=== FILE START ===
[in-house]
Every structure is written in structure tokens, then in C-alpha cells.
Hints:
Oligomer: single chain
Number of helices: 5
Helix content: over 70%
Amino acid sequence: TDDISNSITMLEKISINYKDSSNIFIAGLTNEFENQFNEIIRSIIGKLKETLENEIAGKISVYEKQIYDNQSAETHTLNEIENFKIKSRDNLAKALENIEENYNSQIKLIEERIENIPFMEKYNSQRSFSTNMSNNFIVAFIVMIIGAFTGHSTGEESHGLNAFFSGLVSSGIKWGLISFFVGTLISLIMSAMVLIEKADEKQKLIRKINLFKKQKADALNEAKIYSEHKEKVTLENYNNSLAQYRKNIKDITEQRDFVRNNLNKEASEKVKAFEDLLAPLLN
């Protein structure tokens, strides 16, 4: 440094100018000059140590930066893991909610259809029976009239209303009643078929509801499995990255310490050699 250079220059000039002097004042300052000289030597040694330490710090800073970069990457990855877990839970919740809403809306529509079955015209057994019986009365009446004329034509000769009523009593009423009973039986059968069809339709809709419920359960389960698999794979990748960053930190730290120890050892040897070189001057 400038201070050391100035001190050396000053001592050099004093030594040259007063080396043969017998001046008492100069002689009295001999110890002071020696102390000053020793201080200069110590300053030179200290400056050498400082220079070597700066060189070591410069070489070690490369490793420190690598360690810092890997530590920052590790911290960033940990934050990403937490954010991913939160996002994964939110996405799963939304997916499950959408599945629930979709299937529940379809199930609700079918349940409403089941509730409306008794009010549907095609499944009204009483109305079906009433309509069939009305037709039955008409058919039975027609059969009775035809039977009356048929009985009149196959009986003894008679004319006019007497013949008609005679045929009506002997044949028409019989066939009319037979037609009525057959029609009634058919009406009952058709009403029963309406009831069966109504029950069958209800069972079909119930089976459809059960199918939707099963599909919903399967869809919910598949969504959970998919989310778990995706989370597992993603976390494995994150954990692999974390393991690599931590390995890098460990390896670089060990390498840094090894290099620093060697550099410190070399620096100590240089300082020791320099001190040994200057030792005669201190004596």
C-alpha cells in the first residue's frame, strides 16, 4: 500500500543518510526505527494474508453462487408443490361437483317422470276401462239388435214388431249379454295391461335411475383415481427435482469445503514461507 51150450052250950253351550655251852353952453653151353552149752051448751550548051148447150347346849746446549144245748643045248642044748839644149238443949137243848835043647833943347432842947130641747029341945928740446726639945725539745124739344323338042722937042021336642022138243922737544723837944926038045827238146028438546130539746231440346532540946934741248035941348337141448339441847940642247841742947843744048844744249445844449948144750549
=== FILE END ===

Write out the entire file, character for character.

[in-house]
Every structure is written in structure tokens, then in C-alpha cells.
Hints:
Oligomer: single chain
Number of helices: 5
Helix content: over 70%
Amino acid sequence: TDDISNSITMLEKISINYKDSSNIFIAGLTNEFENQFNEIIRSIIGKLKETLENEIAGKISVYEKQIYDNQSAETHTLNEIENFKIKSRDNLAKALENIEENYNSQIKLIEERIENIPFMEKYNSQRSFSTNMSNNFIVAFIVMIIGAFTGHSTGEESHGLNAFFSGLVSSGIKWGLISFFVGTLISLIMSAMVLIEKADEKQKLIRKINLFKKQKADALNEAKIYSEHKEKVTLENYNNSLAQYRKNIKDITEQRDFVRNNLNKEASEKVKAFEDLLAPLLN
């Protein structure tokens, strides 16, 4: 440094100018000059140590930066893991909610259809029976009239209303009643078929509801499995990255310490050699 250079220059000039002097004042300052000289030597040694330490710090800073970069990457990855877990839970919740809403809306529509079955015209057994019986009365009446004329034509000769009523009593009423009973039986059968069809339709809709419920359960389960698999794979990748960053930190730290120890050892040897070189001057 400038201070050391100035001190050396000053001592050099004093030594040259007063080396043969017998001046008492100069002689009295001999110890002071020696102390000053020793201080200069110590300053030179200290400056050498400082220079070597700066060189070591410069070489070690490369490793420190690598360690810092890997530590920052590790911290960033940990934050990403937490954010991913939160996002994964939110996405799963939304997916499950959408599945629930979709299937529940379809199930609700079918349940409403089941509730409306008794009010549907095609499944009204009483109305079906009433309509069939009305037709039955008409058919039975027609059969009775035809039977009356048929009985009149196959009986003894008679004319006019007497013949008609005679045929009506002997044949028409019989066939009319037979037609009525057959029609009634058919009406009952058709009403029963309406009831069966109504029950069958209800069972079909119930089976459809059960199918939707099963599909919903399967869809919910598949969504959970998919989310778990995706989370597992993603976390494995994150954990692999974390393991690599931590390995890098460990390896670089060990390498840094090894290099620093060697550099410190070399620096100590240089300082020791320099001190040994200057030792005669201190004596």
C-alpha cells in the first residue's frame, strides 16, 4: 500500500543518510526505527494474508453462487408443490361437483317422470276401462239388435214388431249379454295391461335411475383415481427435482469445503514461507 51150450052250950253351550655251852353952453653151353552149752051448751550548051148447150347346849746446549144245748643045248642044748839644149238443949137243848835043647833943347432842947130641747029341945928740446726639945725539745124739344323338042722937042021336642022138243922737544723837944926038045827238146028438546130539746231440346532540946934741248035941348337141448339441847940642247841742947843744048844744249445844449948144750549